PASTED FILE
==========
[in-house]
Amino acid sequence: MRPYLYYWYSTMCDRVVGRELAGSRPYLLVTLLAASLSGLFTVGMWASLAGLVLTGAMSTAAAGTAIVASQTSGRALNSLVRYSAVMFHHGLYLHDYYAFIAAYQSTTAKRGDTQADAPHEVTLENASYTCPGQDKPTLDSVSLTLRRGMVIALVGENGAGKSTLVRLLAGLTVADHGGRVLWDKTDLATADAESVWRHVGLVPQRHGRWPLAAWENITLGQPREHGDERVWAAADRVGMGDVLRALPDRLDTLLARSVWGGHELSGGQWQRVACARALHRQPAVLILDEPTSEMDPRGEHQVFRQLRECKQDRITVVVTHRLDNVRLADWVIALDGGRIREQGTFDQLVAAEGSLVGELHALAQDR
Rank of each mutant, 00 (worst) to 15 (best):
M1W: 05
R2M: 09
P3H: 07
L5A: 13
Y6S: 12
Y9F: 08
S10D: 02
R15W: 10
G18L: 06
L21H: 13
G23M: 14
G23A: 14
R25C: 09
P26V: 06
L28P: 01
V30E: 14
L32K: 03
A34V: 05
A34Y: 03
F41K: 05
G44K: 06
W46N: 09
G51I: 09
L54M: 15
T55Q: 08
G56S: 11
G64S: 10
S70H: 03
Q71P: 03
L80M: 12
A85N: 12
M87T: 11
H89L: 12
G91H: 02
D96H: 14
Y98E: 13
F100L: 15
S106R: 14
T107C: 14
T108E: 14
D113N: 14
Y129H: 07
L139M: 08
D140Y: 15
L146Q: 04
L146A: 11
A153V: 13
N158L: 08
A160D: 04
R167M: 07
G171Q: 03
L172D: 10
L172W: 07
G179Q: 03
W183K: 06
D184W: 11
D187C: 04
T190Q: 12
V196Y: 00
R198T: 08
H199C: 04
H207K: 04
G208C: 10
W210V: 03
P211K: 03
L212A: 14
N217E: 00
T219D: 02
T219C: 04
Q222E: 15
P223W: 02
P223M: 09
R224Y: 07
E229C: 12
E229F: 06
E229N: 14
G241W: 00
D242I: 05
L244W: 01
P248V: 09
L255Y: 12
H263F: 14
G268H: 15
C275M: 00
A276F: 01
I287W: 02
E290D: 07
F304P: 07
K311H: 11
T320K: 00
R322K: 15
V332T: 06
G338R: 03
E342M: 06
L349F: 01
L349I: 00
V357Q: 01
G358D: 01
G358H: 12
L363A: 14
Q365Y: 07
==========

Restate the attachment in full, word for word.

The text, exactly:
[in-house]
Amino acid sequence: MRPYLYYWYSTMCDRVVGRELAGSRPYLLVTLLAASLSGLFTVGMWASLAGLVLTGAMSTAAAGTAIVASQTSGRALNSLVRYSAVMFHHGLYLHDYYAFIAAYQSTTAKRGDTQADAPHEVTLENASYTCPGQDKPTLDSVSLTLRRGMVIALVGENGAGKSTLVRLLAGLTVADHGGRVLWDKTDLATADAESVWRHVGLVPQRHGRWPLAAWENITLGQPREHGDERVWAAADRVGMGDVLRALPDRLDTLLARSVWGGHELSGGQWQRVACARALHRQPAVLILDEPTSEMDPRGEHQVFRQLRECKQDRITVVVTHRLDNVRLADWVIALDGGRIREQGTFDQLVAAEGSLVGELHALAQDR
Rank of each mutant, 00 (worst) to 15 (best):
M1W: 05
R2M: 09
P3H: 07
L5A: 13
Y6S: 12
Y9F: 08
S10D: 02
R15W: 10
G18L: 06
L21H: 13
G23M: 14
G23A: 14
R25C: 09
P26V: 06
L28P: 01
V30E: 14
L32K: 03
A34V: 05
A34Y: 03
F41K: 05
G44K: 06
W46N: 09
G51I: 09
L54M: 15
T55Q: 08
G56S: 11
G64S: 10
S70H: 03
Q71P: 03
L80M: 12
A85N: 12
M87T: 11
H89L: 12
G91H: 02
D96H: 14
Y98E: 13
F100L: 15
S106R: 14
T107C: 14
T108E: 14
D113N: 14
Y129H: 07
L139M: 08
D140Y: 15
L146Q: 04
L146A: 11
A153V: 13
N158L: 08
A160D: 04
R167M: 07
G171Q: 03
L172D: 10
L172W: 07
G179Q: 03
W183K: 06
D184W: 11
D187C: 04
T190Q: 12
V196Y: 00
R198T: 08
H199C: 04
H207K: 04
G208C: 10
W210V: 03
P211K: 03
L212A: 14
N217E: 00
T219D: 02
T219C: 04
Q222E: 15
P223W: 02
P223M: 09
R224Y: 07
E229C: 12
E229F: 06
E229N: 14
G241W: 00
D242I: 05
L244W: 01
P248V: 09
L255Y: 12
H263F: 14
G268H: 15
C275M: 00
A276F: 01
I287W: 02
E290D: 07
F304P: 07
K311H: 11
T320K: 00
R322K: 15
V332T: 06
G338R: 03
E342M: 06
L349F: 01
L349I: 00
V357Q: 01
G358D: 01
G358H: 12
L363A: 14
Q365Y: 07